25 October 2022 by , and Dispute Resolution Alert

Factual disputes in review proceedings? Trial or application

A leadership dispute in the Babirwa BaGa Mamadi traditional community ended up in court recently when the Premier of Limpopo Province appointed Aborekwe Thomas Mamadi as the community’s acting traditional leader. Disgruntled members of the Mamadi family applied to the High Court to review and set aside the Premier’s decision in terms of Rule 53 of the Uniform Rules of the High Court.

The High Court dismissed the application, finding that the case involved material disputes of fact which could not be resolved on the papers. Since these disputes had been reasonably foreseeable, the Court held that the challenge should have been brought by way of summons, which would prompt a trial to resolve the factual disputes, rather than on application, where the disputes would be resolved on the papers.

On appeal, the Constitutional Court in Mamadi and Another v Premier of Limpopo Province and Others [2022] ZACC 26 disagreed. The Court interrogated Rule 53, finding that litigants looking to review a decision may forgo the expediency which an application under Rule 53 confers and instead institute action proceedings. That said, the Court also confirmed that litigants are not obliged to do so when foreseeable factual disputes arise as they may apply for a referral of the matter to oral evidence or to trial, or the disputes of fact may be resolved through an application of the Plascon-Evans rule.

The rule laid down in Plascon-Evans Paints Ltd v Van Riebeeck Paints (Pty) Ltd [1984] (3) SA 623 (A) is a staple reference in application proceedings. It holds that where disputes of fact arise on affidavit, a final order can be granted only if those facts alleged in the applicant’s affidavits which are admitted by the respondent, together with the facts alleged by the respondent, justify such an order. This, at least in theory, means that a party wishing to take an administrative decision on review but who anticipates a factual dispute, is not obliged to go by way of summons which may delay a resolution as the process leads to a trial.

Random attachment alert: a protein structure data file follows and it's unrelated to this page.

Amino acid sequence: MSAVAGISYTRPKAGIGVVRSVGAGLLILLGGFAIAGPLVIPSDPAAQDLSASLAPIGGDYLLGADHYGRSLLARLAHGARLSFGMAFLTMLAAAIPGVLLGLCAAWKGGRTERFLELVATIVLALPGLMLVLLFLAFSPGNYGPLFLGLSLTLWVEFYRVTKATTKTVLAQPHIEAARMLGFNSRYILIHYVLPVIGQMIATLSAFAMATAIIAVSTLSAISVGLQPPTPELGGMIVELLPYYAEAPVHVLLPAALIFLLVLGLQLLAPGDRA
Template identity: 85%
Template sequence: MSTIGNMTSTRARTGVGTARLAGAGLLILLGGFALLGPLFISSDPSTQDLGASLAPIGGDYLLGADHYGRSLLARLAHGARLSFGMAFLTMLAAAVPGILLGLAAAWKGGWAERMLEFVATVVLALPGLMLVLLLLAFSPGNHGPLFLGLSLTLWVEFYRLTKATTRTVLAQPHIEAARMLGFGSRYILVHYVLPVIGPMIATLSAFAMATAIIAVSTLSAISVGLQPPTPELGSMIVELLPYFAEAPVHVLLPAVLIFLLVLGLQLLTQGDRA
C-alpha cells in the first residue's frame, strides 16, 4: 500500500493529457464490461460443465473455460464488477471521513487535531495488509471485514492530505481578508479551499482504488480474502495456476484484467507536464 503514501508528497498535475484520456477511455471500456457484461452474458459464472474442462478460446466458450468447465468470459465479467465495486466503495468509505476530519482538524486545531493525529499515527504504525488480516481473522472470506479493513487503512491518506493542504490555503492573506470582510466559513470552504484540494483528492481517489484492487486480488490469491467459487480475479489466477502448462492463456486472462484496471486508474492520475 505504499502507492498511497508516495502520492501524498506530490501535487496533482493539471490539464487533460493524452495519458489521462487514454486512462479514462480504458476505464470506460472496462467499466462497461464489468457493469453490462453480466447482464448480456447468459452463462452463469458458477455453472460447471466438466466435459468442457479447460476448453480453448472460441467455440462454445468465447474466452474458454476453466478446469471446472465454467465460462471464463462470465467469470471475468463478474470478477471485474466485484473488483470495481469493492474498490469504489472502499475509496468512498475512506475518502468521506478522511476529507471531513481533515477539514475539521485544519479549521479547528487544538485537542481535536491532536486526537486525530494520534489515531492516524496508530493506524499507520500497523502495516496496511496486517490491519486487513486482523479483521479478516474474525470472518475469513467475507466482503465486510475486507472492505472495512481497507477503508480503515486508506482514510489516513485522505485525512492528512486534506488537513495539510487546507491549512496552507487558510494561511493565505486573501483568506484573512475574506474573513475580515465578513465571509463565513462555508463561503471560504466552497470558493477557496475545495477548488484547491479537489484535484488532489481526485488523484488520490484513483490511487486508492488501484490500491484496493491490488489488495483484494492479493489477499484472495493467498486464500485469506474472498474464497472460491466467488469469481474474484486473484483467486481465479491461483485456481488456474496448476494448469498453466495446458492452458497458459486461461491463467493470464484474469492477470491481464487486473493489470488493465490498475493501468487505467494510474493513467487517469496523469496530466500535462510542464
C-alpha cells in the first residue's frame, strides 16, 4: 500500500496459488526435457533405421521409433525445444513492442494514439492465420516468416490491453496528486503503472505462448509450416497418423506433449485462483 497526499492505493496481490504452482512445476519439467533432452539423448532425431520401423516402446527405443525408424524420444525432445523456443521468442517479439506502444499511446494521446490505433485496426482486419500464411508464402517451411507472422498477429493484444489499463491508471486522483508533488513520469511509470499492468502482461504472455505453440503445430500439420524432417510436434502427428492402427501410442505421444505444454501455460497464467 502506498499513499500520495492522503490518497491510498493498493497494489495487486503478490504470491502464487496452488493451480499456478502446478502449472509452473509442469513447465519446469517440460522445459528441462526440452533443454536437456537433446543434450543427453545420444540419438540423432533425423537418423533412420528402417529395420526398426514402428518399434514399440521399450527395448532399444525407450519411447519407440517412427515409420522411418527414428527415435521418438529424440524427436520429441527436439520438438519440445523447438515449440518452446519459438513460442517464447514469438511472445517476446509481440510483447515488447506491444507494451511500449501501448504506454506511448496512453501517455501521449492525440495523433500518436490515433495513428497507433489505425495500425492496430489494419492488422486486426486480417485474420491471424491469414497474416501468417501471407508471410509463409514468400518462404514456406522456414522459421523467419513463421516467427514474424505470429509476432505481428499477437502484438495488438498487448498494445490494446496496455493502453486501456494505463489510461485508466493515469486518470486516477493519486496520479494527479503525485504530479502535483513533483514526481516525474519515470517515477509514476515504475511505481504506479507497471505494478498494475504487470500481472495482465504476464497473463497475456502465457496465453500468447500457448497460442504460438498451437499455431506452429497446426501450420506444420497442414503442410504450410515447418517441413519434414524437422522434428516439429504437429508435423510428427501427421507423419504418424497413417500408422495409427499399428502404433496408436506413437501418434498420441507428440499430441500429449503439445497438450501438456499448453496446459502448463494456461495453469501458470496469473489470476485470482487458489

This is an interesting judgment for businesses that occasionally bid for and secure state tenders, as Rule 53 provides the mechanism through which they may challenge the actions of administrative bodies on review. These reviews tend to be two-pronged: first, an interim interdict is brought to halt the commencement of a project pending a court’s decision on the main application, followed by the main application itself. If the interdict is granted, no work can begin until the review proceedings have been concluded and application proceedings in terms of Rule 53 are preferable as they are generally a speedier process. But the Constitutional Court’s ruling does not substantially change the available options in review proceedings where there are pre-existing and material disputes of fact. What the court has done is to clarify that the Plascon-Evans rule can be applied to disputes of fact that have arisen on the papers, even where those disputes were pre-existing and material and that parties are not bound to proceed by way of action.

The “in theory” caveat arises from the risk that an applicant takes when aware of a dispute of fact, that the court will be prepared or even able to decide the matter on an application of the Plascon-Evans rule, bearing in mind that the applicant never knows for certain at the outset of a matter what a respondent will say in its answering affidavit. Also, a respondent in an opposed application proceeding is likely to make the best use of any dispute of fact in order to secure a dismissal of the application. The cautious litigant will be very hesitant to go by way of application in the face of a significant and pre-existing dispute of fact.

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